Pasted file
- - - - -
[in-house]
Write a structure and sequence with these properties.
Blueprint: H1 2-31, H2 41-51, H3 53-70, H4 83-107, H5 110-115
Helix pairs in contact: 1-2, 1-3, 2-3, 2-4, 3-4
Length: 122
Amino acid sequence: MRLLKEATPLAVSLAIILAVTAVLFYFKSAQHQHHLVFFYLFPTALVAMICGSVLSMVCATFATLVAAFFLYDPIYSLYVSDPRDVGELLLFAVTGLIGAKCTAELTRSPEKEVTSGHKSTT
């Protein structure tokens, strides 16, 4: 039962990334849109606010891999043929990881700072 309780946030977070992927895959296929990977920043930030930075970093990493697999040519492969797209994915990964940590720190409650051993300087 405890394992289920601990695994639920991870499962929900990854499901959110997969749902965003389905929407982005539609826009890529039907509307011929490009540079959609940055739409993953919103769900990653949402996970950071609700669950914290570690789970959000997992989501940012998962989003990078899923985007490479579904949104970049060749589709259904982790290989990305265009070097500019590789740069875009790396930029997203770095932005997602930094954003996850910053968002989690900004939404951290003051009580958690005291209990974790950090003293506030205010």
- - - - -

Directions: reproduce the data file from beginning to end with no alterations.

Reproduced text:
[in-house]
Write a structure and sequence with these properties.
Blueprint: H1 2-31, H2 41-51, H3 53-70, H4 83-107, H5 110-115
Helix pairs in contact: 1-2, 1-3, 2-3, 2-4, 3-4
Length: 122
Amino acid sequence: MRLLKEATPLAVSLAIILAVTAVLFYFKSAQHQHHLVFFYLFPTALVAMICGSVLSMVCATFATLVAAFFLYDPIYSLYVSDPRDVGELLLFAVTGLIGAKCTAELTRSPEKEVTSGHKSTT
């Protein structure tokens, strides 16, 4: 039962990334849109606010891999043929990881700072 309780946030977070992927895959296929990977920043930030930075970093990493697999040519492969797209994915990964940590720190409650051993300087 405890394992289920601990695994639920991870499962929900990854499901959110997969749902965003389905929407982005539609826009890529039907509307011929490009540079959609940055739409993953919103769900990653949402996970950071609700669950914290570690789970959000997992989501940012998962989003990078899923985007490479579904949104970049060749589709259904982790290989990305265009070097500019590789740069875009790396930029997203770095932005997602930094954003996850910053968002989690900004939404951290003051009580958690005291209990974790950090003293506030205010």